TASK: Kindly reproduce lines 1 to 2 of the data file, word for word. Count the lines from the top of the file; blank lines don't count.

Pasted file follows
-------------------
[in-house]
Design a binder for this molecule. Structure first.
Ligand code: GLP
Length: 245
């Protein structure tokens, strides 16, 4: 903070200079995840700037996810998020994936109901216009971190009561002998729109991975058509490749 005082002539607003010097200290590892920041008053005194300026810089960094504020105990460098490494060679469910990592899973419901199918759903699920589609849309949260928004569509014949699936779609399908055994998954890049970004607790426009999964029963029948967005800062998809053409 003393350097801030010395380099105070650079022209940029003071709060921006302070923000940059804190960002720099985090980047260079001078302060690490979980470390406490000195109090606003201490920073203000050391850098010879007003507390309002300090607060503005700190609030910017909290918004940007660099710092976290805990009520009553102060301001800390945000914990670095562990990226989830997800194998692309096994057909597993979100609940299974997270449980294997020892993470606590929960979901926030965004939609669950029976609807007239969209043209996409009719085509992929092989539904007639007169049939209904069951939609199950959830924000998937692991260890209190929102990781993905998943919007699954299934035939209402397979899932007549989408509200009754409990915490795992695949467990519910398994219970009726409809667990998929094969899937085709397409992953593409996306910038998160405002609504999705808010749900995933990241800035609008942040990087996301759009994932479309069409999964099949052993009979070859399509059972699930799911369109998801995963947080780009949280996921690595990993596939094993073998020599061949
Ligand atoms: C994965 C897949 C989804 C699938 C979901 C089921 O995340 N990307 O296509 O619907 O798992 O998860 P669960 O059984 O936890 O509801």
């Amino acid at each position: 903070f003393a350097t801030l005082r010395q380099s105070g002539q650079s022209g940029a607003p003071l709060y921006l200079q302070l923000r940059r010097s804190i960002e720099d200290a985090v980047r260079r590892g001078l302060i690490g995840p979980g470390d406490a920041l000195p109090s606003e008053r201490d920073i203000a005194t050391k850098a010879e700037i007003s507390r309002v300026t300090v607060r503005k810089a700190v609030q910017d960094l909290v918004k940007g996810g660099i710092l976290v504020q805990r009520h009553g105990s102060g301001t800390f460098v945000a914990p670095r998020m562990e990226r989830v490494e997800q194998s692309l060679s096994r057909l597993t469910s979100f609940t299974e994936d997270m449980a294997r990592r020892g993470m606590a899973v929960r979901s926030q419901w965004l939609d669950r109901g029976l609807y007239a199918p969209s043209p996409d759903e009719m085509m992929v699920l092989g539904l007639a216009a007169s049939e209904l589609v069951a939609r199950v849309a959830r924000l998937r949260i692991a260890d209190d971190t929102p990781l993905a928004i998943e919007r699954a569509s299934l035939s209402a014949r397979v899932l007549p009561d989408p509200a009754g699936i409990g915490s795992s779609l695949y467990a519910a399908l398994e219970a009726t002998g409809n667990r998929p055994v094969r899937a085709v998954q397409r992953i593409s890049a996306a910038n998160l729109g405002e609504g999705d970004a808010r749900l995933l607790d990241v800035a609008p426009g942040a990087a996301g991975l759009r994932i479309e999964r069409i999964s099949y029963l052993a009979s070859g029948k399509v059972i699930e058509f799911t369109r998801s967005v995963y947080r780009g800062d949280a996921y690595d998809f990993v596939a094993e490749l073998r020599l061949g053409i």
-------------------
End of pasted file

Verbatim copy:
[in-house]
Design a binder for this molecule. Structure first.